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If you have read my ‘Why I Meditate. It May Not Be Why You Think.’ post, you’ll know that, as always, I am on a journey of self exploration.

To steal the advertising slogan from the well known wood staining company Ronseal for a moment… this post ‘does exactly what it says on the tin’. It’s all about ‘how’ I meditate.

I have been encouraged to write this because, well, for one, I promised I would if people asked. Secondly, I know I love to find out how people do stuff I am interested in doing myself. Hopefully, it’ll help some readers take the first step into meditation, and others, who are further down the road, can compare notes with mine. I have added links to everything I mention at the bottom of the post.


I need to say a few things

I feel like I need to say something for clarification. And that is… I am not saying this is the way everyone should go about meditative practice. I think it’s really important to say this because, more than anything in life, I feel meditation is something we need to figure out on our own.

On a separate note, we all have days that are better than others and, from memory, I remember when starting out, that there were days when meditating was just… ‘easier’. If I had a big deadline, or a relatively heavy emotional burden, the ten minutes spent ‘meditating’ may as well have been replaced with me sprinting around the room yelling my to-do list at the wall.

Lastly, I would like to touch upon the notion of ‘being present’ as it’s a term used heavily in the meditation world. The term might be pretty self explanatory to most, but for me, it’s taken some time to truly connect with it’s meaning. A passage from a book I read recently paints the picture perfectly, and I’d love to share that with you here. It outlines a time in our lives when we were ‘living in the present moment’ by default, and not ‘lost in our thoughts’.  Dan Millman (the author) takes his thoughts back to his infancy:

My eyes open wide. They gaze intently at shapes and colours beneath my hands as I crawl on the tiled floor. I touch a rug and it touches me back. Everything is bright and alive.

I grasp a spoon in one tiny hand and bang it against a cup. The clinking noise delights my ears. I yell with power! Then I look up to see a skirt, billowing above me. I’m lifted up, and make cooing sounds. Bathed in my mother’s scent, my body relaxes into hers, and I’m filled with bliss.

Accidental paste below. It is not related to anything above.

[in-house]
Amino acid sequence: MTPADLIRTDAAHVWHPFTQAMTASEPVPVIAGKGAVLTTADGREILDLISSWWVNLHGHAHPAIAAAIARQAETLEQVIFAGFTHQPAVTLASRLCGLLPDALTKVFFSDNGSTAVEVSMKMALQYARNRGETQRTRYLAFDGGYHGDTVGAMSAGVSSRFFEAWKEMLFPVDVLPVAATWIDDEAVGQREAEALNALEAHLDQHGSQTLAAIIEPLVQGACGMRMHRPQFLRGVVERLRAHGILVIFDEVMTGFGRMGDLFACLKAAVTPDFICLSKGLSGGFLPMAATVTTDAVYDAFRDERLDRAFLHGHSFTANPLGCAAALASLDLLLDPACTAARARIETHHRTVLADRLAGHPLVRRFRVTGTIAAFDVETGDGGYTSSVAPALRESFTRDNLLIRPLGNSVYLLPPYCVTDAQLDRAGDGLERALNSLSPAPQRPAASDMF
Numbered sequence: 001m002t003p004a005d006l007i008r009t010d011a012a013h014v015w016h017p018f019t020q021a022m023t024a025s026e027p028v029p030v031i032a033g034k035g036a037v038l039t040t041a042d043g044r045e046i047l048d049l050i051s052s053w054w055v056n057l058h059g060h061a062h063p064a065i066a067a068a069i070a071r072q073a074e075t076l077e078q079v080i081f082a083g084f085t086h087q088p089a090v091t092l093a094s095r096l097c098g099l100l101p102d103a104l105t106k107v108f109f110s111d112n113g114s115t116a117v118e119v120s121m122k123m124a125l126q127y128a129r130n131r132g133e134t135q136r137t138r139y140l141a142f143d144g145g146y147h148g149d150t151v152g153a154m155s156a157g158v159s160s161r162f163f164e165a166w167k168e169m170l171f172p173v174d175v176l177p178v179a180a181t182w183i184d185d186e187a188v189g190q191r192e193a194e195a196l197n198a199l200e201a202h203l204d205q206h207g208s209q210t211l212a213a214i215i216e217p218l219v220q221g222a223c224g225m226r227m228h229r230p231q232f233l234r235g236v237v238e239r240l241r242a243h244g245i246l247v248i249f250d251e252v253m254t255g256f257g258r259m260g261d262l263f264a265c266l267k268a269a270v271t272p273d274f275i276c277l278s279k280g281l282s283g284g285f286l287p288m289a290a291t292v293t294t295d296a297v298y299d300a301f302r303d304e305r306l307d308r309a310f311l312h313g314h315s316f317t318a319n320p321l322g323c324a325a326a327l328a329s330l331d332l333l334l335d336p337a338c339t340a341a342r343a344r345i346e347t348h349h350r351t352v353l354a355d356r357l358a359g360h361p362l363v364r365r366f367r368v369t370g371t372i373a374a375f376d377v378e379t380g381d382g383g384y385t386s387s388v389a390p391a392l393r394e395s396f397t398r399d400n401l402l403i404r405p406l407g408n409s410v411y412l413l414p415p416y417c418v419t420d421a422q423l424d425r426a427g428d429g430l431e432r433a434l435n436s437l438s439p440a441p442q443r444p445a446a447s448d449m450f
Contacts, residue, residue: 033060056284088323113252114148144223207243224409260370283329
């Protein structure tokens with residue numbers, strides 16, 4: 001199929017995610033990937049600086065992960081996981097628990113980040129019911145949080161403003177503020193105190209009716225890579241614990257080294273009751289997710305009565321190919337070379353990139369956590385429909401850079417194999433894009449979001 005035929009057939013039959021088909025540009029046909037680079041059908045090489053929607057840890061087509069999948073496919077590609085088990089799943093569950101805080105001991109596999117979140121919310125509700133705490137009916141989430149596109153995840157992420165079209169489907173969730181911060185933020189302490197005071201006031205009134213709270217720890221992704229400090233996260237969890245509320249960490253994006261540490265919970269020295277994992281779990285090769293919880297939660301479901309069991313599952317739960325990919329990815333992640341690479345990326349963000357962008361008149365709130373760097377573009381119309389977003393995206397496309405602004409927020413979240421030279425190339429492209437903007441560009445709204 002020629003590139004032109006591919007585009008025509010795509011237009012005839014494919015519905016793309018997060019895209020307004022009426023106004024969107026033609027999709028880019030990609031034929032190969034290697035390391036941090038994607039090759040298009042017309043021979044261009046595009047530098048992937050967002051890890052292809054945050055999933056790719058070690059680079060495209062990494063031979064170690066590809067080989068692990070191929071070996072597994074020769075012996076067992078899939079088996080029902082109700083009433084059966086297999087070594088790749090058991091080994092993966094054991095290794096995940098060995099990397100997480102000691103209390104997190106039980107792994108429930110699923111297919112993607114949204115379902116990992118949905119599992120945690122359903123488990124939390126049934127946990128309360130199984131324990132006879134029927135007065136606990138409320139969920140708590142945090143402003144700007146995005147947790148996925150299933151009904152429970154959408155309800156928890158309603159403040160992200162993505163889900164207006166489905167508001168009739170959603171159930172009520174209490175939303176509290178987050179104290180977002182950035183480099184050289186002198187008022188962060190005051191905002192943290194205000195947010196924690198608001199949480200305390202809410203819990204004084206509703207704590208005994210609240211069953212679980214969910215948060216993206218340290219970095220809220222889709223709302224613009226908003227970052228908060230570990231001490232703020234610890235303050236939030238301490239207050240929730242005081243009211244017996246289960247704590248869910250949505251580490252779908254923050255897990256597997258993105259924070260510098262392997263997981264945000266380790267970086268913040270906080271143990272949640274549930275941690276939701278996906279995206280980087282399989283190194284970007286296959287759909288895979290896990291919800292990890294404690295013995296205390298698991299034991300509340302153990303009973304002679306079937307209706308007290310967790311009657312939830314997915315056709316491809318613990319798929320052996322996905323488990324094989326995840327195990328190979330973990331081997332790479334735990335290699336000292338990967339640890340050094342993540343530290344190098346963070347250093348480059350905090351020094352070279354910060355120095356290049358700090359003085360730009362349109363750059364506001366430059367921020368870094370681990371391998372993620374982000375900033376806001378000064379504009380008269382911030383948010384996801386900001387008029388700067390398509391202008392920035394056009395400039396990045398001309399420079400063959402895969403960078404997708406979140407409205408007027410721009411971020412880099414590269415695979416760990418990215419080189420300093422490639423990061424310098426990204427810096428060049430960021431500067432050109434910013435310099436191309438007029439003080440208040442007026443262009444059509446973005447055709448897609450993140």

Some time later. Cool air touches my face as I crawl in a garden. Colourful flowers tower around me, and I’m surrounded by new smells. I tear one and bite it; my mouth is filled with a bitter message. I spit it out.

My mother comes. I hold out my hand to show her a wiggly black thing that tickles my hand. She reaches down and knocks it away. “Nasty spider!” she says. Then she holds a soft thing to my face; it talks to my nose. “Rose” he says, then makes the same noise again. “Rose.” I look up at her, then around me, and drift into the world of scented colours.

The book is called ‘The Way of The Peaceful Warrior’ and I highly recommend it.(1)


The meditation

To create the environment, I always open a window so I can hear the sounds outside and feel the cool breeze that flows through: an immediate stimulation of the senses.

Most of my practice involves sitting. At the moment, I’m not fortunate enough to live on a beach and so I sit, mostly, on my living room floor. My back is against the wall and my legs are out straight. I’d love to do the whole crossed leg thing, but my arthritic hip and wooden hamstrings won’t allow for that.

I close my eyes and aim for a posture that is relaxing, but doesn’t encourage me to crawl back upstairs to bed.